How to Blame Your Failed Political Campaign on Your Wife

Earlier this year when potential Republican presidential candidates were deciding whether to run, you'd hear a common excuse from those who chose not to: My wife didn't want me to!

Haley Barbour and John Thune's wives, to name a couple, were reportedly hesitant to lose their privacy and have their lives ruined on the presidential campaign circuit. And when Barbour and Thune announced their decisions, they hardly went out of their way to deny stories blaming their wives' anxieties as the principal determining factor.

Even more egregious was Mitch Daniels' explanation for not running, in which he blamed his family's "women's caucus" for its "veto":

"The answer is that I will not be a candidate," Daniels told the Star. "What could have been a complicated decision was in the end very simple: on matters affecting us all, our family constitution gives a veto to the women's caucus, and there is no override provision. Simply put, I find myself caught between two duties. I love my country; I love my family more."

In other words: I really, really wanted to do this, and I know that you all wanted me to, but what can I say? The wife wouldn't let me.

Did they mean to leave their spouses holding the bag of shit when their disappointed supporters came looking for answers? They probably didn't even notice.

And here we are a few months later, faced with the prospect of Herman Cain ending his campaign at a press conference tomorrow after months of pathetic mismanagement, carelessness, and an inability to deal with disgusting revelations from his past. If he drops out, then he should assume 100% of the blame for his shitty, incompetent candidacy. But he just might find a way to pin that blame on dearest Gloria Cain yet.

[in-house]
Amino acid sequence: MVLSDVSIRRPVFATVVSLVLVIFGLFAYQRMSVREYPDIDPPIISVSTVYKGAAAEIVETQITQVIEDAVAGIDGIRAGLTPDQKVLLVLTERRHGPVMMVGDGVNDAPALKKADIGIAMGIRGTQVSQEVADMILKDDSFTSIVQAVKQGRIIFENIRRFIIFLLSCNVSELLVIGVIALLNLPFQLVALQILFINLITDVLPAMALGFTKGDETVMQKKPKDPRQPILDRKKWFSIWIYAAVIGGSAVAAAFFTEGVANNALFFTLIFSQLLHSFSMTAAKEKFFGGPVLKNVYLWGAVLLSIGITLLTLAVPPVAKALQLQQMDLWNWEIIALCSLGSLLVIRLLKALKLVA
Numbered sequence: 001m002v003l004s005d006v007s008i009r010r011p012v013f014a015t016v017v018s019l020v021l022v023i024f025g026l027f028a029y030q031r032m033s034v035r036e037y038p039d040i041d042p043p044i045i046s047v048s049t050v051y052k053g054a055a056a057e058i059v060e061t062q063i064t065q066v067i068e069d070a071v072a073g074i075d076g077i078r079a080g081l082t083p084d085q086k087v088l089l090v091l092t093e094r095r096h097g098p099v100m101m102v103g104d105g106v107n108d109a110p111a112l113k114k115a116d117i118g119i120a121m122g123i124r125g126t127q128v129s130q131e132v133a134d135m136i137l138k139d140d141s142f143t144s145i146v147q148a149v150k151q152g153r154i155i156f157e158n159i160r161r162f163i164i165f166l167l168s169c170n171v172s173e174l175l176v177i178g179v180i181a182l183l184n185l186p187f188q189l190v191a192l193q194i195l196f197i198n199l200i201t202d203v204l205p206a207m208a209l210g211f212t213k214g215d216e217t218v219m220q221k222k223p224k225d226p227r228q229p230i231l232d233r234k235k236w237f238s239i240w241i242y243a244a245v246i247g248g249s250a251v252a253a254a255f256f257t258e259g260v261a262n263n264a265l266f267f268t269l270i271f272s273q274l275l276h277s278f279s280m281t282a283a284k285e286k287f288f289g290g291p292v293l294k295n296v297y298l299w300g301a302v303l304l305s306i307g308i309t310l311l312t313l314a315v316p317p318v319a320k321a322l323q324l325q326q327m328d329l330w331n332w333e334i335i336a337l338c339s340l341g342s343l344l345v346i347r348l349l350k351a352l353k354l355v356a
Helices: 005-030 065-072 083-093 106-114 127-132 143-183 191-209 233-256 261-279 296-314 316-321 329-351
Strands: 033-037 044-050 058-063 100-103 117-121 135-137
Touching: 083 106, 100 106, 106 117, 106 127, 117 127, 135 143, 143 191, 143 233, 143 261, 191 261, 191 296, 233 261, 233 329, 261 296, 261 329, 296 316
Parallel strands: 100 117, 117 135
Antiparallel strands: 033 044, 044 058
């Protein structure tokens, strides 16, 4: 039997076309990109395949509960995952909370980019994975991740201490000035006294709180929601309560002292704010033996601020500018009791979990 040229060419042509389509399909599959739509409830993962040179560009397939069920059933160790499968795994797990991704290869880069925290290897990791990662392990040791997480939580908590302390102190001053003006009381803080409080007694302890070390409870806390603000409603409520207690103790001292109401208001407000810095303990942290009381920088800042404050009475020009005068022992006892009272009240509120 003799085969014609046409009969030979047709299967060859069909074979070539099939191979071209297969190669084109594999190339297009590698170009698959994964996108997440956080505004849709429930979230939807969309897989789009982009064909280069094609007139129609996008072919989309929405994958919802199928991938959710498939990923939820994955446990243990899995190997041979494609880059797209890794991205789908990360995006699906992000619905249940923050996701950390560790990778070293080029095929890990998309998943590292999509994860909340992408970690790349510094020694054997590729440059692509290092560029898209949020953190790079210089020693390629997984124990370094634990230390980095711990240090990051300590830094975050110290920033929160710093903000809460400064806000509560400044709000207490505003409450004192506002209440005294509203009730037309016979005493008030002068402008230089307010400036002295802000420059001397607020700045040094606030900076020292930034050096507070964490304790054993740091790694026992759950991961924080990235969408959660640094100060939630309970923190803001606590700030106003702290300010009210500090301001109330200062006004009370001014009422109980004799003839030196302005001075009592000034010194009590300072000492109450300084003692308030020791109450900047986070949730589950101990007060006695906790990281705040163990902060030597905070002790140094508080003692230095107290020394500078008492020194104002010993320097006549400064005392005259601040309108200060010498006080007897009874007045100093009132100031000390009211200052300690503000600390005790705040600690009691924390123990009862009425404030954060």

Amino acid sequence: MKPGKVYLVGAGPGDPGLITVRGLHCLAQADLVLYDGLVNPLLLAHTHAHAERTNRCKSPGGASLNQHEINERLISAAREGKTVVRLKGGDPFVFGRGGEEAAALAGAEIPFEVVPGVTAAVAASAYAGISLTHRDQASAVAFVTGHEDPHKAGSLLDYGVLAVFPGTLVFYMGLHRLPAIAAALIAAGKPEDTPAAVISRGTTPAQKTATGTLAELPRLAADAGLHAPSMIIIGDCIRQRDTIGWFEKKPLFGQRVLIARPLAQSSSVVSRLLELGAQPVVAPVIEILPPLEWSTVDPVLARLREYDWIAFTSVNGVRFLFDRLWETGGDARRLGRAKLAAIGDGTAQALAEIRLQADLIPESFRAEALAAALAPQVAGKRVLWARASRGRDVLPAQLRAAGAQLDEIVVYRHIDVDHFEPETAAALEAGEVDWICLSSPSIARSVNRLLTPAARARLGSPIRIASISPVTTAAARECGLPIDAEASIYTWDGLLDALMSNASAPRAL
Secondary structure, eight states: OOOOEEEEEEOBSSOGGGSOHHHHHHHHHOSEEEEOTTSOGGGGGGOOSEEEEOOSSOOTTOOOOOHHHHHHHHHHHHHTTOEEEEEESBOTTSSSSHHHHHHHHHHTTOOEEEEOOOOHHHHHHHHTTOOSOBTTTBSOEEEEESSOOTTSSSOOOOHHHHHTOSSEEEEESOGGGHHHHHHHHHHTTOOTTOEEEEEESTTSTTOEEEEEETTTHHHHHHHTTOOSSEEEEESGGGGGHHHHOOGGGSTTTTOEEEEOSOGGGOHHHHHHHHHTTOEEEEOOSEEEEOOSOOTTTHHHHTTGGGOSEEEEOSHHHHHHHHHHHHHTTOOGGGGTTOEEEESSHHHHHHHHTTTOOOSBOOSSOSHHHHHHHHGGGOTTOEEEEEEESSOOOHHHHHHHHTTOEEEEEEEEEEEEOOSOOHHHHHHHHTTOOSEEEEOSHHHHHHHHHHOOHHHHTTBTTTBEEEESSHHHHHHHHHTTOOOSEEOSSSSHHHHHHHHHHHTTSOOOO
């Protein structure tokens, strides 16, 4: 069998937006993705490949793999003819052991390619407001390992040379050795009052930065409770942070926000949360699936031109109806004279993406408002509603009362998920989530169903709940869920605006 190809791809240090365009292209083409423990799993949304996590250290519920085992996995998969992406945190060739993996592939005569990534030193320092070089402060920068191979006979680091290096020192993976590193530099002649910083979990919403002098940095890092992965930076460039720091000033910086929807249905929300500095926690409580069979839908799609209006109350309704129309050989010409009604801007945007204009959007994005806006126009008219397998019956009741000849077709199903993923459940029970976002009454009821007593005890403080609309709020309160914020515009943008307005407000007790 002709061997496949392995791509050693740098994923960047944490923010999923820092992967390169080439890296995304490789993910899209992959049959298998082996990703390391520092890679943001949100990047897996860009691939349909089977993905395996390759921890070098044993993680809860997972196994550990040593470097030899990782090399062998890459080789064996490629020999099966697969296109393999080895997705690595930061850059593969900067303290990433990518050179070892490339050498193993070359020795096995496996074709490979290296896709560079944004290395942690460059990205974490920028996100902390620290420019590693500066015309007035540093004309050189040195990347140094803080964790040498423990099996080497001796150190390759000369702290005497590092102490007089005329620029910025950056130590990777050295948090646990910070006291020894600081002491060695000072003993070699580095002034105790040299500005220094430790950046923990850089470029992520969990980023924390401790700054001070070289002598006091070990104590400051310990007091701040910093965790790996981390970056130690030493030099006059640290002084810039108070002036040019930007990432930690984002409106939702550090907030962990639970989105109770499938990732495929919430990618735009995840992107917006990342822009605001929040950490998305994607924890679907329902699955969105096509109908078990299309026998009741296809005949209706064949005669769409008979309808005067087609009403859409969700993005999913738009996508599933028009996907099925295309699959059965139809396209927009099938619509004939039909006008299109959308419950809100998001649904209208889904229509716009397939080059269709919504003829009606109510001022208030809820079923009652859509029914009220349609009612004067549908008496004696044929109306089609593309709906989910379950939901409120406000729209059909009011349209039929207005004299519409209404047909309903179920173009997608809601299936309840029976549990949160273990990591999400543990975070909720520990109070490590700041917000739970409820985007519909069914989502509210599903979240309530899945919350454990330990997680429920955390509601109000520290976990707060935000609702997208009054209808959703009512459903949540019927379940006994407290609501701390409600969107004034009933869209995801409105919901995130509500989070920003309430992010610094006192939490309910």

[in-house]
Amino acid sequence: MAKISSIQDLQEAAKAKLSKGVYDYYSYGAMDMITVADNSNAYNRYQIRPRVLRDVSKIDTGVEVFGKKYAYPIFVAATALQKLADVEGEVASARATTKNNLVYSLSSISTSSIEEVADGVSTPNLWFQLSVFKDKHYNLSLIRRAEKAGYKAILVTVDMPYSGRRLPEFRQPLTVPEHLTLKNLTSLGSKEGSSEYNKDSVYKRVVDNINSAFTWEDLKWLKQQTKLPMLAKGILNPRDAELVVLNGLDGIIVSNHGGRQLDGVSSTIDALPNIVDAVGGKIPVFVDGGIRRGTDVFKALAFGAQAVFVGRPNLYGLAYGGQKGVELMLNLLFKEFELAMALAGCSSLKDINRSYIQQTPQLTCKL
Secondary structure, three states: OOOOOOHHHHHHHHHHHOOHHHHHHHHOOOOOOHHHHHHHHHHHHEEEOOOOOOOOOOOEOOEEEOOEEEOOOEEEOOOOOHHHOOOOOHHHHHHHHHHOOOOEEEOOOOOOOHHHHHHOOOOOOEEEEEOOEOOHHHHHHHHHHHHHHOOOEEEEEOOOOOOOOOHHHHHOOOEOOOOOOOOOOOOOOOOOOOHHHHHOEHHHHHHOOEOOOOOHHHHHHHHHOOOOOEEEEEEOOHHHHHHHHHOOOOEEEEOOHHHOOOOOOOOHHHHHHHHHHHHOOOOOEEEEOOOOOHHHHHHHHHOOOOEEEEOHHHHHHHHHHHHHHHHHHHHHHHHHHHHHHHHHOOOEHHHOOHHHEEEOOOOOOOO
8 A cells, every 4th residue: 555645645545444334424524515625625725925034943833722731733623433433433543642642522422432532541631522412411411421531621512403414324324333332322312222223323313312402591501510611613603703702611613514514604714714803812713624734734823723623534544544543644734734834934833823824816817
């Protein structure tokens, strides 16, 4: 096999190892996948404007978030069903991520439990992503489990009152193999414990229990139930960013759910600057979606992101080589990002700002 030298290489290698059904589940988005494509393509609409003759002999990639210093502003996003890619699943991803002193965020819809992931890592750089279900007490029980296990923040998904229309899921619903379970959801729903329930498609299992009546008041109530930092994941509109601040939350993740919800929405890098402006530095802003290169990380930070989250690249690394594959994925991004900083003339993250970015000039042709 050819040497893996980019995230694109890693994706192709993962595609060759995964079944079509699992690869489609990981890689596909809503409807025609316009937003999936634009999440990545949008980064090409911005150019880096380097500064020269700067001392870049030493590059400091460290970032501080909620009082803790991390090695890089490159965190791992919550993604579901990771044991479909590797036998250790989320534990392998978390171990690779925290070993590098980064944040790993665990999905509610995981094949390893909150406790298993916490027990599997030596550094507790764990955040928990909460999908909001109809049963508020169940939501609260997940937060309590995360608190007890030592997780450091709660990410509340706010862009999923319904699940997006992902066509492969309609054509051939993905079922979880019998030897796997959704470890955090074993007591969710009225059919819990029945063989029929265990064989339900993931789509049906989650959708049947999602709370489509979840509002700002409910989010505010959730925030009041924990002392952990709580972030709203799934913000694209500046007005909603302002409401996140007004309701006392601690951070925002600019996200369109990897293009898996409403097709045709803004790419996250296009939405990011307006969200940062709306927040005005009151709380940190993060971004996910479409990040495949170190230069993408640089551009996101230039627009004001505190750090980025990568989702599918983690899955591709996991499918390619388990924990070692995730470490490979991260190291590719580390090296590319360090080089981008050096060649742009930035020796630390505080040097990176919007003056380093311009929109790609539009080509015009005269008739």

The New York Times describes, in a post titled "Wife's Word to Decide Cain Campaign's Fate," how Cain is determined to stay in the race and not let a media smear campaign force him out — how very principled! — but his wife might force him to do it anyway:

After weeks of Herman Cain asserting his innocence in the face of multiple accusations of sexual improprieties, including a 13-year affair, and his adamant insistence that he would not quit the race for the Republican presidential nomination, the fate of his unlikely journey now rests, he says, with one woman in suburban Atlanta: his wife of 43 years, Gloria Cain.

The least visible of all the spouses in the Republican field, Mrs. Cain, 65, made no secret of the fact that she hoped to have no public role whatsoever in her husband's quest for the nomination. But now, in a dramatic reversal, she is, in effect, the "decider." If Mr. Cain is to be believed, the fate of his campaign rests entirely with her.

"If my wife says terminate the campaign, would I quit? Yes," he told Fox News on Thursday night.

No pressure, Gloria! And the unabridged version of that last quote is much worse: "If my wife says, you know, terminate the campaign, would I quit? The answer is, yes, but she wouldn't do that. That's not the kind of wife I have. My wife has been supportive of me, she is with me." An excellent means of inducing a guilt trip, there. Is there any way he can make the spotlight on Gloria Cain shine a little brighter? He'll figure it out.

Cain also, as we noted earlier, has set up a page on his campaign site for supporters to publicly beg him not to drop out. Was the plan to print these out and dump them on his wife's lap during their meeting today?

It really is the most disciplined messaging effort that Herman Cain has made this year, with this attempt to place the onus on his shy wife. NBC News' Andrew Rafferty tweeted the most skeletal iteration in this narrative earlier today: "In scrum after event, Cain asked by reporter if he's dropping out. All I could make out in short answer was 'wife.'" Wife! Wife! The wife!

It's just not very mature.

[Image via AP]